These clams might not have a brain, but they do have a foot for digging. They'd better move quick, or these rays and birds will have them for dinner.
It's tough being a clam.
They have no brains. They're popular in chowder. They won't set any speed records.
But they do have-a foot. Well, a foot that looks like a tongue, but sometimes, that's all you need.
Along the shallow coastline of the Atlantic, these surf clams spend their days filter feeding for plankton.
Some hide under the sand, only a siphon peeking out to feed.
They may have no brain, but they're not stupid.
Staying under the sand is a good survival strategy.
To counteract this, cow-nosed rays stir up the loose sand to expose the clams, then crush them with their powerful jaws.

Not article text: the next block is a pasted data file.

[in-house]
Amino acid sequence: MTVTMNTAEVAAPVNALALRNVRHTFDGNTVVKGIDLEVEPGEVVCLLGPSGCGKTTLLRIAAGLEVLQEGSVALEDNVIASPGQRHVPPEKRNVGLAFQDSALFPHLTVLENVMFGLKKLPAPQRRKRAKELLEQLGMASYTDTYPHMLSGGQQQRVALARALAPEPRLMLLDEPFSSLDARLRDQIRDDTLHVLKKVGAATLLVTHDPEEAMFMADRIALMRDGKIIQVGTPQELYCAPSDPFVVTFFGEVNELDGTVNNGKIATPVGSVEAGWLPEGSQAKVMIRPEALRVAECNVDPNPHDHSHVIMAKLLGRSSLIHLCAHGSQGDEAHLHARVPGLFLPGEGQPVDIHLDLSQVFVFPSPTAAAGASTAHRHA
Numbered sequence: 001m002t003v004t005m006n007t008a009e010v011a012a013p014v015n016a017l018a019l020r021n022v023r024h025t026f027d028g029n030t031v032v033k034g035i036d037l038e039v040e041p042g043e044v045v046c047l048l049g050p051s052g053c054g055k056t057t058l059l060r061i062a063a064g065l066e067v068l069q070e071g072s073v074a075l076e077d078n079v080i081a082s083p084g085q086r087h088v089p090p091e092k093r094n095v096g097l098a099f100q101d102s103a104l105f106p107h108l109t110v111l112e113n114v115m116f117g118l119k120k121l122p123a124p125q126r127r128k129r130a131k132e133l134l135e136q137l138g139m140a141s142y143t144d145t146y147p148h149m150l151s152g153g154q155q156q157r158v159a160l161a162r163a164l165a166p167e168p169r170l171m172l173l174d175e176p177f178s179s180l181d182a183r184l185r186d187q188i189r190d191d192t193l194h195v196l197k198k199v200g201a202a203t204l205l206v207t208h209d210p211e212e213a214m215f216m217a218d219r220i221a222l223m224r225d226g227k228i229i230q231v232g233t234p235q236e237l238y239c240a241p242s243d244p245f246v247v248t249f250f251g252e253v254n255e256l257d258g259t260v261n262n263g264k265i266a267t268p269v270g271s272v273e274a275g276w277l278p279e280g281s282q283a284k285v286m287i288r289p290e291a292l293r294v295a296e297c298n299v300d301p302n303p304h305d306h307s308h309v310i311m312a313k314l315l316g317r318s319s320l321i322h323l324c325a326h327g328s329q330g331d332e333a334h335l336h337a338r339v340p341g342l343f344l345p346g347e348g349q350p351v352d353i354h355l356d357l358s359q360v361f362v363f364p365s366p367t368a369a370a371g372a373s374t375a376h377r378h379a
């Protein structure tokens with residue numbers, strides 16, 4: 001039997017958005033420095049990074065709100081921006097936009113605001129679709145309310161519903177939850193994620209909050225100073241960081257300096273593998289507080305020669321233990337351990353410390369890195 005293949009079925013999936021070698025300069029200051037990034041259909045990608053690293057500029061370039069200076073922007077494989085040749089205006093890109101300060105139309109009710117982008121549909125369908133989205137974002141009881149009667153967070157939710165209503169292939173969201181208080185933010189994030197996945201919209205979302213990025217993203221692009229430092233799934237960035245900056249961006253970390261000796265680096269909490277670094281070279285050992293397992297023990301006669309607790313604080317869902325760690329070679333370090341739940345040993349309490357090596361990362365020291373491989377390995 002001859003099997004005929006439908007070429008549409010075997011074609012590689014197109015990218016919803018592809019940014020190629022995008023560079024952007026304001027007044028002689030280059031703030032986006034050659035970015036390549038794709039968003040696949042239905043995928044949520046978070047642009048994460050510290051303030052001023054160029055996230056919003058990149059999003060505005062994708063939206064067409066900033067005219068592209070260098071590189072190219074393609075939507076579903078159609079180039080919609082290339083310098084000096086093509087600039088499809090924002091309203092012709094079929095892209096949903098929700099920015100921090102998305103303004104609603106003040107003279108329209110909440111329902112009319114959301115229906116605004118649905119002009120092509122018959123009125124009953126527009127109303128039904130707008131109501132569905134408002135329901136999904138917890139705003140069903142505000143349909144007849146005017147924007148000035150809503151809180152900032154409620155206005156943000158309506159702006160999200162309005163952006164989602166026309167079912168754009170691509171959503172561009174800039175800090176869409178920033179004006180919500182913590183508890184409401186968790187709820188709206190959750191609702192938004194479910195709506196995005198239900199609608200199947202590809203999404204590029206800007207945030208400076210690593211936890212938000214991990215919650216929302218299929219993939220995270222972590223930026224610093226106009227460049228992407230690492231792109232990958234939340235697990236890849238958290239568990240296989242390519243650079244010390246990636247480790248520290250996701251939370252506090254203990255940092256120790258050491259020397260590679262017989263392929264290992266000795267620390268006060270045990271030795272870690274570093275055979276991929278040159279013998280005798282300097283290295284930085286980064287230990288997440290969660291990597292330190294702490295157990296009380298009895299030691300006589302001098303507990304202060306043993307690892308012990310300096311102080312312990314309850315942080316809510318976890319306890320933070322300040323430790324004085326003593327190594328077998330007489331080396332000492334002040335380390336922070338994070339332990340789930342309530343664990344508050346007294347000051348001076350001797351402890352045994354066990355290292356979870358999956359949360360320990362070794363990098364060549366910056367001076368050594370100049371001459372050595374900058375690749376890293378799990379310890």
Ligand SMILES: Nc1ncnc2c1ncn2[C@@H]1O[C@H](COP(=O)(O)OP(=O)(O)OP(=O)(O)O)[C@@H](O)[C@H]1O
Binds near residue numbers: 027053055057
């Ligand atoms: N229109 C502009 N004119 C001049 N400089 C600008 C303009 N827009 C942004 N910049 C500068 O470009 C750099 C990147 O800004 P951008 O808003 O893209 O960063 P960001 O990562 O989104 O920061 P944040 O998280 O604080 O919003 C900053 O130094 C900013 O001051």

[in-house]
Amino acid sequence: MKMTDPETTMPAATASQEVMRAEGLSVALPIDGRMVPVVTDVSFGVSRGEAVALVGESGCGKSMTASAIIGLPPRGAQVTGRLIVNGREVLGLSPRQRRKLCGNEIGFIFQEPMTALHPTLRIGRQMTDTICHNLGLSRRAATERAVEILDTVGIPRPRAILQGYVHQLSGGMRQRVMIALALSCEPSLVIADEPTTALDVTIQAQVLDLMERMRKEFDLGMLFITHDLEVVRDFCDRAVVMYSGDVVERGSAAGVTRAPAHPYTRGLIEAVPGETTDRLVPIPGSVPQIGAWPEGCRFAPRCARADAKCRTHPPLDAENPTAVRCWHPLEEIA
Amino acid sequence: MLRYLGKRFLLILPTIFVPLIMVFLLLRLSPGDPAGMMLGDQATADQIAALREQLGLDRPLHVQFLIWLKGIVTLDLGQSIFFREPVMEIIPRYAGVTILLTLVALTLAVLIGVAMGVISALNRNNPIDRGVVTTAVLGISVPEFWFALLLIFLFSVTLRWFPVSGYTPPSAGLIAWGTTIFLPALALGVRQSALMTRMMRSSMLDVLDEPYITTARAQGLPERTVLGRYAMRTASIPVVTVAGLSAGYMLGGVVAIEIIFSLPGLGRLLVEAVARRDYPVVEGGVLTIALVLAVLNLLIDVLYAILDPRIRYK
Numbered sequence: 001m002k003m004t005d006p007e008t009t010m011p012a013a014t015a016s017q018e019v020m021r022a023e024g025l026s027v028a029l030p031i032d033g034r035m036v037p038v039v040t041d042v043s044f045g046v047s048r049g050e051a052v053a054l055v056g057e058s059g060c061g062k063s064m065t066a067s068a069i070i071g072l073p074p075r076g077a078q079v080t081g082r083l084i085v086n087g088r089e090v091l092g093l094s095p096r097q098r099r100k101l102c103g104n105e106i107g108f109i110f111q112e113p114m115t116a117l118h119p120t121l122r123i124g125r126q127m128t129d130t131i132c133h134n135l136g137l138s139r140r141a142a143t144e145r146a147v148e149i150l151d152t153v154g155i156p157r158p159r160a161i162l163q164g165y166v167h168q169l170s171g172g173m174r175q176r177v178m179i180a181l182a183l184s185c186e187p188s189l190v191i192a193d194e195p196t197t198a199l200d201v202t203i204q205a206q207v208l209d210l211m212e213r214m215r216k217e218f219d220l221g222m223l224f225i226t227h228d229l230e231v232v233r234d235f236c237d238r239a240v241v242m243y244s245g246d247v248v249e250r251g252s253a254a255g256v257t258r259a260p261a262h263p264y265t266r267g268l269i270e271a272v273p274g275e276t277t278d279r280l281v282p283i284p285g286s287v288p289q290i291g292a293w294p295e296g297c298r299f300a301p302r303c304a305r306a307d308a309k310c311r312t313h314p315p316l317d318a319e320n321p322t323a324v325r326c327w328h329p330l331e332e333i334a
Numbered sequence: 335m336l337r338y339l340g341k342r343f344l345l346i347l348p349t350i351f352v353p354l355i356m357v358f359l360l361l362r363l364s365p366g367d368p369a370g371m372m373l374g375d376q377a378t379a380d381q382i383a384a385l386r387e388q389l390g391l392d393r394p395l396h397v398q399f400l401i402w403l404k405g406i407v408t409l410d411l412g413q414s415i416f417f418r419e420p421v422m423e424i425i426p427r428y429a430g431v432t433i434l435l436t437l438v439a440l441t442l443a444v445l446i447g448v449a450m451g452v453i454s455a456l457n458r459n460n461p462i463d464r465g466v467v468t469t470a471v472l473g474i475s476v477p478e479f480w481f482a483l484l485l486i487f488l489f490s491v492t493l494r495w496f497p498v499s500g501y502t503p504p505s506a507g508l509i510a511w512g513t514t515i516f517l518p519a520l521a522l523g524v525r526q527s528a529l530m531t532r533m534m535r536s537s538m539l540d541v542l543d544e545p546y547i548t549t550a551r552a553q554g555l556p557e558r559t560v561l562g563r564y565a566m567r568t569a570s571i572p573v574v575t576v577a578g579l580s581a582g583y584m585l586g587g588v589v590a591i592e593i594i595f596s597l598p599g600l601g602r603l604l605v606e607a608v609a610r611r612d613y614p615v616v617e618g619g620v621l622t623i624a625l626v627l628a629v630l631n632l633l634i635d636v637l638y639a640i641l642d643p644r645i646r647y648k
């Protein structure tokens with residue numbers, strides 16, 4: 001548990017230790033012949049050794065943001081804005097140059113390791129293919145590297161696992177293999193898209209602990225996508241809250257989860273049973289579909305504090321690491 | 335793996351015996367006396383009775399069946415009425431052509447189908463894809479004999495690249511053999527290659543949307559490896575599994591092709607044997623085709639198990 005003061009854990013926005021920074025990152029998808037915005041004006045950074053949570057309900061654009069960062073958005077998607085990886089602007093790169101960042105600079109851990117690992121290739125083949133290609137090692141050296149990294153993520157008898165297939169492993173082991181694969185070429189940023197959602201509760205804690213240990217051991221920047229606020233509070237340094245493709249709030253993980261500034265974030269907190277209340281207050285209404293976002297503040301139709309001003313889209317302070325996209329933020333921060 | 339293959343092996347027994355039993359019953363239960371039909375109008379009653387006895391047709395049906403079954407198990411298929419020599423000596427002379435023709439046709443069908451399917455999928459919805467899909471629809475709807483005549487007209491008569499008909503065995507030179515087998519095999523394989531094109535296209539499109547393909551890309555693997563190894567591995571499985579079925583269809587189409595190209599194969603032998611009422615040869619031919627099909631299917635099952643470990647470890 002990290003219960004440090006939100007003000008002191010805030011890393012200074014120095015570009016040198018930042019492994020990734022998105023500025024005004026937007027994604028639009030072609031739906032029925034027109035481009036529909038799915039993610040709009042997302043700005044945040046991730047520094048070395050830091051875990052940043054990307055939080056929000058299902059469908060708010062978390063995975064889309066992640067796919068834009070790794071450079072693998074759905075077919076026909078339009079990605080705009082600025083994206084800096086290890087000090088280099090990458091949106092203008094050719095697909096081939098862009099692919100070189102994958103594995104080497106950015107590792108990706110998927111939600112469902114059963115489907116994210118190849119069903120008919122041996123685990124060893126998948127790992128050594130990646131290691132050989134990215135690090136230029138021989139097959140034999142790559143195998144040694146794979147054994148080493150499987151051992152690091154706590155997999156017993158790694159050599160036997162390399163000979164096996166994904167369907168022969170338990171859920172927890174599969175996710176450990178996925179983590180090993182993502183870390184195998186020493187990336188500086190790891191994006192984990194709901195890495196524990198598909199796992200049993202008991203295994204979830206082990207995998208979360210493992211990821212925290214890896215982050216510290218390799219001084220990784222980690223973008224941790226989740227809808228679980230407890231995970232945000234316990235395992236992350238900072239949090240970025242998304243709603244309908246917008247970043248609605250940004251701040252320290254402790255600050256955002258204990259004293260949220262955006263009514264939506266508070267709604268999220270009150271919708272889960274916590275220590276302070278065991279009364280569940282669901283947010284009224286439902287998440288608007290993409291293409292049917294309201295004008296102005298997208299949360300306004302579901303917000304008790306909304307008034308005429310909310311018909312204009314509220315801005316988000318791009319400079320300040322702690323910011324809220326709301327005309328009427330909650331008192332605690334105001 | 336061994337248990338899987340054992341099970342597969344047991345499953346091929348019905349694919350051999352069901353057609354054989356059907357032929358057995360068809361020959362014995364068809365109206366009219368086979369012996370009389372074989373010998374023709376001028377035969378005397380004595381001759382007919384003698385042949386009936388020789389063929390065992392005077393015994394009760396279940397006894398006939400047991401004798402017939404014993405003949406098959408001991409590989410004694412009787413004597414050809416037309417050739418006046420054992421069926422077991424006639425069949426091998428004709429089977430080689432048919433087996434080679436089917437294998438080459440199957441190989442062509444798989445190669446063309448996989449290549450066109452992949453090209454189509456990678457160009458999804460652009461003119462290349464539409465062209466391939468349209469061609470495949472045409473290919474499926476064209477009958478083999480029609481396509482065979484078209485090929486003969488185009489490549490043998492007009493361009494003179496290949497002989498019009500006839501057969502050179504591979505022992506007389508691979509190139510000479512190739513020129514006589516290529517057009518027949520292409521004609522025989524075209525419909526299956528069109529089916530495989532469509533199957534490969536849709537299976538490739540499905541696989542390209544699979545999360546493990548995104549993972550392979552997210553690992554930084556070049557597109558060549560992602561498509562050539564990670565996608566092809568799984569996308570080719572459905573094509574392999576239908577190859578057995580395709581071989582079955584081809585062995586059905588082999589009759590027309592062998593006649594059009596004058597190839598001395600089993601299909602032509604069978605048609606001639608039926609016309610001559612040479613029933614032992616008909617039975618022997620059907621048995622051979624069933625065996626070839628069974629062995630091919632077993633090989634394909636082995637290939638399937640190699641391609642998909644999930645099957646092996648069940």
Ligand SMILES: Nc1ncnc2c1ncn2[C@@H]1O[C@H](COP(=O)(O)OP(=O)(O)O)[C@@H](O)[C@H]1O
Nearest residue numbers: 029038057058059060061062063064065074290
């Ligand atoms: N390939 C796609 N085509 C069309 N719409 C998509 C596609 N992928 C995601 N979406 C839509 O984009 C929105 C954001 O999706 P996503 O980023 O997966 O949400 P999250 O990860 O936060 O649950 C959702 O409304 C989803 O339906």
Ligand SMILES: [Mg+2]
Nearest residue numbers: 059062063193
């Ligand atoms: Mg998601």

Other hunters, like this oystercatcher, have a different method to get a half-shell platter.
They slice the muscles on this jackknife clam and pop open the shell.
They don't have eyes per se, but clams do have special photoreceptor cells.
A sudden change in the light means something bigger and hungrier is above them.
When they sense danger, they dig down.
The fastest clams can dig an inch per second.
Is it enough to keep this clam alive?
That's one clam that's as happy as...well, you get the idea.